The Asian Elephant, otherwise known as Gaja (in Sanskrit), is the largest land animal in Asia. It is slightly smaller than its African cousin. Elephants are extremely intelligent and social animals by nature. Elephants have been revered for centuries in Asia, playing an important role in the continent's culture and religion. They are also play a critical role in maintaining the region's forests. The average life span of an adult elephant is approximately 60 years. The Asian Elephant once roamed from Mesopotamia to East Asia, although presently, they are native to only about 13 countries in Asia. Due to the rapid reduction in their distribution and population size as a result of habitat shrinking, the Asian elephants are now listed as an endangered species. The house holds the value of "Stability".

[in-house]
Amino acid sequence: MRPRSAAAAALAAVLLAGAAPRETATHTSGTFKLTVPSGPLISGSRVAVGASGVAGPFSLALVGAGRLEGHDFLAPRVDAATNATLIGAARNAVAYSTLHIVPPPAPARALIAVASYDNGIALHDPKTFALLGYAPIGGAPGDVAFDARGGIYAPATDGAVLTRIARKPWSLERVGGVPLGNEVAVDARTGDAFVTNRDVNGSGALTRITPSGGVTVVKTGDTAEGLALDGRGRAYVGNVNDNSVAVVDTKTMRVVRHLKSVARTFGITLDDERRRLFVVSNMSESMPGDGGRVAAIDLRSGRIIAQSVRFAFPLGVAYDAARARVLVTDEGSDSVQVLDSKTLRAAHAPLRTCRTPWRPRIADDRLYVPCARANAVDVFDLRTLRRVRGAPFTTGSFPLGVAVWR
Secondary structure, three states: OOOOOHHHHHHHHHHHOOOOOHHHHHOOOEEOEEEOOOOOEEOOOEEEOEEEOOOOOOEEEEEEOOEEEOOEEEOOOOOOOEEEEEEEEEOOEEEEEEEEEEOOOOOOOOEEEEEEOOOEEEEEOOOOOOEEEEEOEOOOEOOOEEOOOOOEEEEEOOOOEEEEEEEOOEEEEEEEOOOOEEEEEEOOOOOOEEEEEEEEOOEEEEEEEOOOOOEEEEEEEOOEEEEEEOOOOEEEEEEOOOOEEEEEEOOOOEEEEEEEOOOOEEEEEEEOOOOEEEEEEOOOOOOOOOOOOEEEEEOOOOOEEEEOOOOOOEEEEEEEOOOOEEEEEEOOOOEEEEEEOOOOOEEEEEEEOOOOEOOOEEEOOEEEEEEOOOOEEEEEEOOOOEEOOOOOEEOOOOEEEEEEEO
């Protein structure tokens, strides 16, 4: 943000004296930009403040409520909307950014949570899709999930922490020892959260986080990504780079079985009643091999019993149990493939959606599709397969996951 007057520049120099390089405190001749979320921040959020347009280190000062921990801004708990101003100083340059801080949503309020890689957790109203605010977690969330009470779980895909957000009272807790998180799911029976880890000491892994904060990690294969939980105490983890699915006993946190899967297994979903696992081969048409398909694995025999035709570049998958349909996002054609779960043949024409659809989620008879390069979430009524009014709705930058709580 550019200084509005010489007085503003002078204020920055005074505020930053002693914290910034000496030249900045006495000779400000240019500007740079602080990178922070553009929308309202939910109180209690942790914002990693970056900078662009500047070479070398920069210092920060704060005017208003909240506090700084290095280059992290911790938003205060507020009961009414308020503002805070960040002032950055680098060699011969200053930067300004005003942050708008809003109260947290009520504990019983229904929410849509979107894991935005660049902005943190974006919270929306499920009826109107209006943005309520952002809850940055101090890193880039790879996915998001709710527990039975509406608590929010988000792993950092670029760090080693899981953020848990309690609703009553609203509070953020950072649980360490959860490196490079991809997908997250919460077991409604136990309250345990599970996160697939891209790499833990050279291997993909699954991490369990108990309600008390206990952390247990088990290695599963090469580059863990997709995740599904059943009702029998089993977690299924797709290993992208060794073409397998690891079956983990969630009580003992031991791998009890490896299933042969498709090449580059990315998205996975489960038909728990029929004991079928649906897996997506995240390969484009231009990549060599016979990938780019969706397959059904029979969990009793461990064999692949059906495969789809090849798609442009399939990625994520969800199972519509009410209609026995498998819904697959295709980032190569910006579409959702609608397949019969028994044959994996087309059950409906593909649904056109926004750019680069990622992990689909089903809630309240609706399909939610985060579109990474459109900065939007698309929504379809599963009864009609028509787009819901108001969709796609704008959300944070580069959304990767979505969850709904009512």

For more on Asian Elephants and their endangerment, click here.

House Companion Animal: Hawksbill Turtle

Threatened by fishing, climate change, loss of hatching grounds & poaching

Residential Fellow: Dr Kuan Yee Han

The Tembusu (Fagraea fragrans) is a large evergreen tree in the family Gentianaceae. It is native to Southeast Asia. Its trunk is dark brown, with deeply fissured bark, looking somewhat like a bittergourd. It grows in an irregular shape from 10 to 25m high. Its leaves are light green and oval in shape. Its yellowish flowers have a distinct fragrance and the fruits of the tree are bitter tasting red berries, which are eaten by birds and fruit bats.